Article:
For the future, Pope Benedict XVI has written that “the two forms of the usage of the Roman Rite can be mutually enriching.” There is much speculation as to what this mutual enrichment will look like. Currently, I think the common element in both forms is what the Pope calls the ars celebrandi, or the art of proper liturgical celebration. More specifically, the ars celebrandi is the “faithful adherence to the liturgical norms” (Sacramentum Caritatis, 37), and a manner of offering which fosters “a sense of the sacred” (40) and “awe for the mystery of God” (41).

I think all of the clergy here at St. Mary Church practice this ars celebrandi well, and while we have many liturgical options here at St. Mary Church, I think this common ars celebrandi is evident. I am often told when parishioners have visited other parishes on vacation, or for various Sacramental celebrations, how they miss the reverence and devotion that goes on here during our Masses. Even our children have told me that they have been surprised by the lack of reverence when they have visited certain other parishes. I have also been told when parishioners notice this ars celebrandi in other parishes, with hope in their voice. Therefore for now, the ars celebrandi is the common bond of the two forms.

Where will this “mutual enrichment” of the two forms of the Roman Rite lead? Perhaps only the Holy Spirit knows but after the release of Universae Ecclesiae this past week, Cardinal Kurt Koch stated that the pope’s ultimate goal is not simply to allow the old and new forms to coexist, but to move toward a “common rite.”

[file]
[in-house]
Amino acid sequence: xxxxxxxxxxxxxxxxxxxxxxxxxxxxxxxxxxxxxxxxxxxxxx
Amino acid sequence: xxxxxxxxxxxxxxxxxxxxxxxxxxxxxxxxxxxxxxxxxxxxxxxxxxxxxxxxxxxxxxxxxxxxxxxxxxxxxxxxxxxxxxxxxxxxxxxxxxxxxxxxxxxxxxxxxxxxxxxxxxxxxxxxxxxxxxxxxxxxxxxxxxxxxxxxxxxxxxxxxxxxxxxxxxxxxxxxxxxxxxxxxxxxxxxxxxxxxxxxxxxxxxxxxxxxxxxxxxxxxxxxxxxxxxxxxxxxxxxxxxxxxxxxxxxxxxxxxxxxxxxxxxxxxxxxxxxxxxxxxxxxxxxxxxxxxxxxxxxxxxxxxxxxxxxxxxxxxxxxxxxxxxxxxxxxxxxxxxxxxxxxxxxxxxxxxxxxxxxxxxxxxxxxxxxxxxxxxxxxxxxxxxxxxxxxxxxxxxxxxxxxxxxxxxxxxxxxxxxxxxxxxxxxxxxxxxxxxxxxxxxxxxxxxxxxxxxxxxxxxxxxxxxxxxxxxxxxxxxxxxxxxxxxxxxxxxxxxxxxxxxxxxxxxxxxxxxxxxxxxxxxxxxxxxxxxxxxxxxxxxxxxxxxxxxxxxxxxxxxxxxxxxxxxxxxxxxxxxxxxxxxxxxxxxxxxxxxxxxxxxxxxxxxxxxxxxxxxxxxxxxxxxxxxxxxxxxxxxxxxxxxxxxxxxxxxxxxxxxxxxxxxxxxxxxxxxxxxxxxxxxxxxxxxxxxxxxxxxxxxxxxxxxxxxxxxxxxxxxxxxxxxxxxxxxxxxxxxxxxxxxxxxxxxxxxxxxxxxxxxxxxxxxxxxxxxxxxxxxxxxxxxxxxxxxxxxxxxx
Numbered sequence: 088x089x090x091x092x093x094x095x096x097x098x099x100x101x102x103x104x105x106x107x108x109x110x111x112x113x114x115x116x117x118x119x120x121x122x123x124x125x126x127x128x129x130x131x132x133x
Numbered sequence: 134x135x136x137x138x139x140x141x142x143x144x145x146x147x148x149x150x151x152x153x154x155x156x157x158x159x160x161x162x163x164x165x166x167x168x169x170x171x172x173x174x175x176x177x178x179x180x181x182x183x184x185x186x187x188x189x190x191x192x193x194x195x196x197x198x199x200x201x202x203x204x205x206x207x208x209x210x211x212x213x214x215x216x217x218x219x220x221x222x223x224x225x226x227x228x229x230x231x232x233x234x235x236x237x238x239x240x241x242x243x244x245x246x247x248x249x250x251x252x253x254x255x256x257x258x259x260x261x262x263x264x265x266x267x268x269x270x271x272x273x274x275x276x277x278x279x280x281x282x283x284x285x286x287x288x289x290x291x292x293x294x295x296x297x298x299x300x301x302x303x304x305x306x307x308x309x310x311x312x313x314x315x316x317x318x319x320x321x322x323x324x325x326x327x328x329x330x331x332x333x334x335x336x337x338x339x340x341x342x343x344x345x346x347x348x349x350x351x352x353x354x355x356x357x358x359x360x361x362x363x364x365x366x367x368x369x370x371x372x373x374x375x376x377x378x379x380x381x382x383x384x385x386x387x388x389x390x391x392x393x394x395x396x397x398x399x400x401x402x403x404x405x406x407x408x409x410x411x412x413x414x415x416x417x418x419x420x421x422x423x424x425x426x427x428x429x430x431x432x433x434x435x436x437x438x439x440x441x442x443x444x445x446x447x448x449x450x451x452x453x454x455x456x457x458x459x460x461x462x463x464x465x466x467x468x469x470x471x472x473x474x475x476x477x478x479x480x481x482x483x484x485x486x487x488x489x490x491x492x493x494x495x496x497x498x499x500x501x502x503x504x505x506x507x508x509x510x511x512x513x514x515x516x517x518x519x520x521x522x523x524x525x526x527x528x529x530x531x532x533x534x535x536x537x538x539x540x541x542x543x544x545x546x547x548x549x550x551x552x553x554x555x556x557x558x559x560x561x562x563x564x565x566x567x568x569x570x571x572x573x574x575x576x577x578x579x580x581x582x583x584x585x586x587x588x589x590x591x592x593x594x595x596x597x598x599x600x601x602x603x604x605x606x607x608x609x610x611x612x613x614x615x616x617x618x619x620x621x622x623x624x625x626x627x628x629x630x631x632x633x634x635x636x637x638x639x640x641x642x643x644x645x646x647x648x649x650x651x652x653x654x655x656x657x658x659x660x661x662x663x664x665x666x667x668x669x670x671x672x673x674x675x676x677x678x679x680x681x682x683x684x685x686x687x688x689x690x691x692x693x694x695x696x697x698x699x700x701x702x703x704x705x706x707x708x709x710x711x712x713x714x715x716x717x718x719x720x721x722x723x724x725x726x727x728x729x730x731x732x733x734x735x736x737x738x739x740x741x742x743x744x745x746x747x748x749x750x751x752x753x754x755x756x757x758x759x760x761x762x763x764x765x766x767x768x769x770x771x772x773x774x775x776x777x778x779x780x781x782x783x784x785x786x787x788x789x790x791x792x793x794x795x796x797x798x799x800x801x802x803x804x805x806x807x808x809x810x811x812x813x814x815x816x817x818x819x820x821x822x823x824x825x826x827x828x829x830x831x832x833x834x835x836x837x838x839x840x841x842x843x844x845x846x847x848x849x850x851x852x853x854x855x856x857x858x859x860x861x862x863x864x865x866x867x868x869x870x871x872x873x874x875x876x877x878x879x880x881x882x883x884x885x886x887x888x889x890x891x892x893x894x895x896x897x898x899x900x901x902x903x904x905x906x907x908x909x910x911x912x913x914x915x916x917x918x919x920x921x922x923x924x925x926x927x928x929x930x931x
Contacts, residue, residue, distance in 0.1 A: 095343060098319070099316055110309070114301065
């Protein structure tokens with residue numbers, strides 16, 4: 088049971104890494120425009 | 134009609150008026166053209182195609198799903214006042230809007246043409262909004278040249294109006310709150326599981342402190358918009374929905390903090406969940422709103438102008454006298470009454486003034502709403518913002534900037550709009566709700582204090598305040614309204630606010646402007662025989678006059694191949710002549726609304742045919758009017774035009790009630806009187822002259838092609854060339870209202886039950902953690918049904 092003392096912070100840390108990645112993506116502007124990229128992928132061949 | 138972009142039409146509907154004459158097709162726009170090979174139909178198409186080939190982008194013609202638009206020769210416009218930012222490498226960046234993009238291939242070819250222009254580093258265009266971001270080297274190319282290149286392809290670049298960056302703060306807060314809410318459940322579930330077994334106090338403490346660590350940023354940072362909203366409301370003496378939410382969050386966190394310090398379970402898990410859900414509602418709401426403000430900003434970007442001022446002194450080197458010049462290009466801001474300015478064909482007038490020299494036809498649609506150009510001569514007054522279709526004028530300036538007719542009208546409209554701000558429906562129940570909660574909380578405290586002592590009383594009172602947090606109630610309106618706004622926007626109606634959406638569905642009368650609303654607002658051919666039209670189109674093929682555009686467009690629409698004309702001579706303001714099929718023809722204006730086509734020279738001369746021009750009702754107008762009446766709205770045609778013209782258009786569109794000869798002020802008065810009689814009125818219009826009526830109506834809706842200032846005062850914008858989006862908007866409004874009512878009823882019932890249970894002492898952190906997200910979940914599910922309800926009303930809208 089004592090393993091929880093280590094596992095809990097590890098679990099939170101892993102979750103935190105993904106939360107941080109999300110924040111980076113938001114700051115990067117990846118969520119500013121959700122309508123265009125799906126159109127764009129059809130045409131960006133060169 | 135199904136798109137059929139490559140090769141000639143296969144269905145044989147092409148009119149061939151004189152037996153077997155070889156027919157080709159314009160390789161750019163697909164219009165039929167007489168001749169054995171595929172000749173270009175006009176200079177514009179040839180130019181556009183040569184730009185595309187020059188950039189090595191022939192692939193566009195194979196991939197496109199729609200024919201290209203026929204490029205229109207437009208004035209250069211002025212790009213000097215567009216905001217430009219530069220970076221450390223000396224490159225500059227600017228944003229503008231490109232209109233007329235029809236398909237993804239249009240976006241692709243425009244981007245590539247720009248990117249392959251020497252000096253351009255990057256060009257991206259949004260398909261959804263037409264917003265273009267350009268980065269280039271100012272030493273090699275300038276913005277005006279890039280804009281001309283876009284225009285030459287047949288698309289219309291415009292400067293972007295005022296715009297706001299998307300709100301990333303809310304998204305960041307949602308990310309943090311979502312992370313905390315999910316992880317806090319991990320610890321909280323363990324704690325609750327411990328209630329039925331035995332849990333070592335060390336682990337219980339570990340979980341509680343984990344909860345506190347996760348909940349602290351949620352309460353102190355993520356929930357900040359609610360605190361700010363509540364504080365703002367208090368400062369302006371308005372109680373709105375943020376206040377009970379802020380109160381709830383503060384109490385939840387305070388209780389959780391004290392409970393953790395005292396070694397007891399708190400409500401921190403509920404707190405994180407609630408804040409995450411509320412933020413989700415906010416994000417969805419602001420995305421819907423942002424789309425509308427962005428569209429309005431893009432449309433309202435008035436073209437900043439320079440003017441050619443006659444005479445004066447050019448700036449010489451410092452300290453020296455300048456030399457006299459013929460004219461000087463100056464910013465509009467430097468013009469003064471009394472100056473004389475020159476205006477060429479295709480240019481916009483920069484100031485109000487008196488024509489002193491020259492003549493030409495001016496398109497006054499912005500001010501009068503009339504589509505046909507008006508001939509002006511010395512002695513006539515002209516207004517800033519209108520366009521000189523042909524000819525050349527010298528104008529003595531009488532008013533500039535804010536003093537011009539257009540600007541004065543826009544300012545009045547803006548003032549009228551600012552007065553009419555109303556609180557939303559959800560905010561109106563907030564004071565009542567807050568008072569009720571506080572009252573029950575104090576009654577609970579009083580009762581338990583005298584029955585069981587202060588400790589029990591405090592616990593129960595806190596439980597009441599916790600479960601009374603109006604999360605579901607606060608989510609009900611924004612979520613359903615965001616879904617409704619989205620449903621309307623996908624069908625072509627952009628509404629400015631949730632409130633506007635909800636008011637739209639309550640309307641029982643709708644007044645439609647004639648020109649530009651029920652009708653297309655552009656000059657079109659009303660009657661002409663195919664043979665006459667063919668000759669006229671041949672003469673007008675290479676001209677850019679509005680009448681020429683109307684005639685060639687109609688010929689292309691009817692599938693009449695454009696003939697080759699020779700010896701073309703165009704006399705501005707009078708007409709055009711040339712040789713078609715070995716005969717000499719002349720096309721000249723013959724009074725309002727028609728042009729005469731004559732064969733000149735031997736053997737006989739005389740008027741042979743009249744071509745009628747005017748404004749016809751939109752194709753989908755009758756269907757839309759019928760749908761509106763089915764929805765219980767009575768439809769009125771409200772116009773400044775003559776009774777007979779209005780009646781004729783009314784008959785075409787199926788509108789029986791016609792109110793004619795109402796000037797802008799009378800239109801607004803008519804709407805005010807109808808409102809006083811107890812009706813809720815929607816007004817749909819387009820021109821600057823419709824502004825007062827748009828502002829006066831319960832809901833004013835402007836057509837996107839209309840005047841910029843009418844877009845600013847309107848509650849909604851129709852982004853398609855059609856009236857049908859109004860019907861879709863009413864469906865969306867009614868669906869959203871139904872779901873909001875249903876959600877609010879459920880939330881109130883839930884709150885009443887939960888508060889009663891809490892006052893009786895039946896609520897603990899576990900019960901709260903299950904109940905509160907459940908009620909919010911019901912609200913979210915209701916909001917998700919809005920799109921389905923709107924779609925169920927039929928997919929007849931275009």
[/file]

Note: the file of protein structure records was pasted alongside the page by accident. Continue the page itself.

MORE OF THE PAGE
For this to be done the Church’s liturgy must be offered in continuity with the Church’s tradition, as the Pope has made clear, and not seen as a break, where people make a distinction between a pre-Vatican II and post-Vatican II liturgy. This will be difficult because there are not a small number of Catholics who seem to be embedded in the liturgical manner and music of the 1970’s and 1980’s, and unable to view the liturgy outside of this period. There are even those who have a curious self-hatred for things Catholic, like any use of Latin in the Mass. Obstacles like this must be overcome.

We here at St. Mary Church are seeking to implement the liturgical vision of Pope Benedict XVI, with the two forms “alongside one another.” No doubt there will be criticism of this liturgical vision as being “too conservative” or even “self-righteous,” yet our response must be in imitation of the Pascal Lamb, who “when reviled did not revile in return” (1 Peter 2:23). If we are attempting to root ourselves in the truth, we must be equally rooted in charity.

For anyone who has eyes to see, there is something quite amazing going on here at St. Mary Church. There are many gifted people who are being attracted to St. Mary Church from far and wide, and what is happening is larger than any one of us: the growing number of young families, the devoted altar boys, the student schola, the ethnic diversity – yes, there is something amazing going on here at St. Mary Church and I am very proud to be part of it.

Sincerely in Christ,

Fr. Greg J. Markey
frmarkey@hisnet.org


1 comment:

nath99 said...

It appears that there is previously unreleased information about the popes and the 4th Secret of Mary’s Prophecy on these audios:

http://www.merkaba.org/audio/benedict.html/